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On April 14, faculty members and administrators gathered to discuss a set of proposed changes to the University's policies governing tenure. At this meeting, four undergraduates were kicked out because they attended without permission, The Herald reported. It is unfortunate that these students did not have the opportunity to voice their concerns and learn more about the proposals under consideration. We too are worried that students' interests are not being taken into account as the University updates its process for granting tenure.

The recent meeting focused mainly on a report issued in March by the ad hoc Committee to Review Tenure and Faculty Development. The committee's recommendations touched on many aspects of the tenure review process, including the timeline and the roles of relevant administrative bodies. The report also highlighted the importance of teaching as one of several criteria in determining a faculty member's suitability for tenure.

"As teachers, candidates should have a strong record of effectiveness in the classroom and evidence of commitment to mentoring students," the committee wrote. We liked the committee's vision of Brown as a "university-college" that "prizes both graduate and undergraduate education and strives for excellence in teaching as well as research."

Yet, none of the committee's specific proposals pertain directly to ensuring that newly tenured professors are up to par as teachers and as advisers. Last semester, when the discussion about tenure was just beginning, we argued that departments should take a more proactive role in soliciting student feedback. Now, we want to offer another suggestion: Tenure candidates should have to get letters of support from a handful of former students and advisees.

The tenure review process already relies on input from many sources, and we see no reason to exclude students. Our suggestion would allow tenure candidates to demonstrate that they have made a positive impact on some students while avoiding the problems associated with anonymous feedback forms. We imagine that in most cases, the student testimonials will be positive and serve to further document Brown's excellence.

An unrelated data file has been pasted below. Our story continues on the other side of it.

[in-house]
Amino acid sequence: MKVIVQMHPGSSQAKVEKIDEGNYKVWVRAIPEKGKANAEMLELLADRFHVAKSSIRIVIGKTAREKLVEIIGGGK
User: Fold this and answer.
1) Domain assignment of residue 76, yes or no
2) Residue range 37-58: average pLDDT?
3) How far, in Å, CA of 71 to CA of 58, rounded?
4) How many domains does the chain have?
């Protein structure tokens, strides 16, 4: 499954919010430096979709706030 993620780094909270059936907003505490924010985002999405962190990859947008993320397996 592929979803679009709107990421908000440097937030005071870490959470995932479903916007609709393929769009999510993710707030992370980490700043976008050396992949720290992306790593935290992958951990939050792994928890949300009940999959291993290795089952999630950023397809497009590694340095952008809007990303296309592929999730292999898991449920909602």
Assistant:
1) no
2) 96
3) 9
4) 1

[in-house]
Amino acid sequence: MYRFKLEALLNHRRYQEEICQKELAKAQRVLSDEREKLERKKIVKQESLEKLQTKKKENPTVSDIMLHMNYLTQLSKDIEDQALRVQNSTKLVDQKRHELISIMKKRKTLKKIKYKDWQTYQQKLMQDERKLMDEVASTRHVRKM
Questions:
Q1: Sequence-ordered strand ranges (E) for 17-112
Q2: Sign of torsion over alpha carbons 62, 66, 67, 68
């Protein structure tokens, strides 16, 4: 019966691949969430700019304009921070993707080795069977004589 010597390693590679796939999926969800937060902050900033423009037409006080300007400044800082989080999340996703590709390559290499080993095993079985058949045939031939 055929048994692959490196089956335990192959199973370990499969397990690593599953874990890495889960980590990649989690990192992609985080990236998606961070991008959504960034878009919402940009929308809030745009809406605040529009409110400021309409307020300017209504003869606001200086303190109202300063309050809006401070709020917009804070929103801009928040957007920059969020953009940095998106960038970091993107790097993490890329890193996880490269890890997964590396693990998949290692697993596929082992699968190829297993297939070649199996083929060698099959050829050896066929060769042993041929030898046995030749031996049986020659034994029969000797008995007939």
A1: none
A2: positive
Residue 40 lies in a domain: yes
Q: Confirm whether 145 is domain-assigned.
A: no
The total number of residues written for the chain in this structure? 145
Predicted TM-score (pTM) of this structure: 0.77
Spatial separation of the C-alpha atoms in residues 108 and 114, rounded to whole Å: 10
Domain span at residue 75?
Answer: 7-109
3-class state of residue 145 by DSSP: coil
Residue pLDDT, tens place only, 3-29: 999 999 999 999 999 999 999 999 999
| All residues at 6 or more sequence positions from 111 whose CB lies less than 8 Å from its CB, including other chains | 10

Of course, teaching is one of several criteria to be considered. The professor's research and scholarly work are of primary importance to a university that strives to be among the best in the world. Nonetheless, some tenure candidates will have been at Brown for as long as eight years. If a candidate cannot call on just a few former students for support, then it should raise a red flag.

The committee clearly appreciates the notion of a "university-college" and the importance of preserving a faculty that is dedicated to undergraduate education. Indeed, this ideal is central to Brown's identity as an institution. As the process moves forward, we just want to see a concrete improvement that codifies respect for students' interests and input.

Editorials are written by The Herald's editorial page board. Send comments to



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